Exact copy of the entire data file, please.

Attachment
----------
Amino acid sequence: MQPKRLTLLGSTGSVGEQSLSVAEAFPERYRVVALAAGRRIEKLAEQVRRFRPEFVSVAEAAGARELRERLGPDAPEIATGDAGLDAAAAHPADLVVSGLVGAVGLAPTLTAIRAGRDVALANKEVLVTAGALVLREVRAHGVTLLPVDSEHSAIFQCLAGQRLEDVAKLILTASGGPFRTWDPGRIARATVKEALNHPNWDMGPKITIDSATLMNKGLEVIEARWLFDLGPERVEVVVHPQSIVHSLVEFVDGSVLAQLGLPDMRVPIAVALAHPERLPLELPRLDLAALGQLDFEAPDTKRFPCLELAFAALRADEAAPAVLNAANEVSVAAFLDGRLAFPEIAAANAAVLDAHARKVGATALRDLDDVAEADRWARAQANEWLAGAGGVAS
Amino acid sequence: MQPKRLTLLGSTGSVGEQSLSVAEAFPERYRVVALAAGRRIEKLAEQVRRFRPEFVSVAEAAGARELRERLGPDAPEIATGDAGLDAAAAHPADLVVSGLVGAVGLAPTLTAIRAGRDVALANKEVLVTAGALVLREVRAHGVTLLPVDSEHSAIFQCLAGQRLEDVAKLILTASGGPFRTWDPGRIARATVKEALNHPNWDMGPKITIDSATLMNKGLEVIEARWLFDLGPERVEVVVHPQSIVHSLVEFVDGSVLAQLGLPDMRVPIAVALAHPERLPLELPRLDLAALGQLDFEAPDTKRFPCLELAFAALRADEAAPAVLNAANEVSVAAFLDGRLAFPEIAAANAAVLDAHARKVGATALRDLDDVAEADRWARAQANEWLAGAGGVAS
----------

Amino acid sequence: MQPKRLTLLGSTGSVGEQSLSVAEAFPERYRVVALAAGRRIEKLAEQVRRFRPEFVSVAEAAGARELRERLGPDAPEIATGDAGLDAAAAHPADLVVSGLVGAVGLAPTLTAIRAGRDVALANKEVLVTAGALVLREVRAHGVTLLPVDSEHSAIFQCLAGQRLEDVAKLILTASGGPFRTWDPGRIARATVKEALNHPNWDMGPKITIDSATLMNKGLEVIEARWLFDLGPERVEVVVHPQSIVHSLVEFVDGSVLAQLGLPDMRVPIAVALAHPERLPLELPRLDLAALGQLDFEAPDTKRFPCLELAFAALRADEAAPAVLNAANEVSVAAFLDGRLAFPEIAAANAAVLDAHARKVGATALRDLDDVAEADRWARAQANEWLAGAGGVAS
Amino acid sequence: MQPKRLTLLGSTGSVGEQSLSVAEAFPERYRVVALAAGRRIEKLAEQVRRFRPEFVSVAEAAGARELRERLGPDAPEIATGDAGLDAAAAHPADLVVSGLVGAVGLAPTLTAIRAGRDVALANKEVLVTAGALVLREVRAHGVTLLPVDSEHSAIFQCLAGQRLEDVAKLILTASGGPFRTWDPGRIARATVKEALNHPNWDMGPKITIDSATLMNKGLEVIEARWLFDLGPERVEVVVHPQSIVHSLVEFVDGSVLAQLGLPDMRVPIAVALAHPERLPLELPRLDLAALGQLDFEAPDTKRFPCLELAFAALRADEAAPAVLNAANEVSVAAFLDGRLAFPEIAAANAAVLDAHARKVGATALRDLDDVAEADRWARAQANEWLAGAGGVAS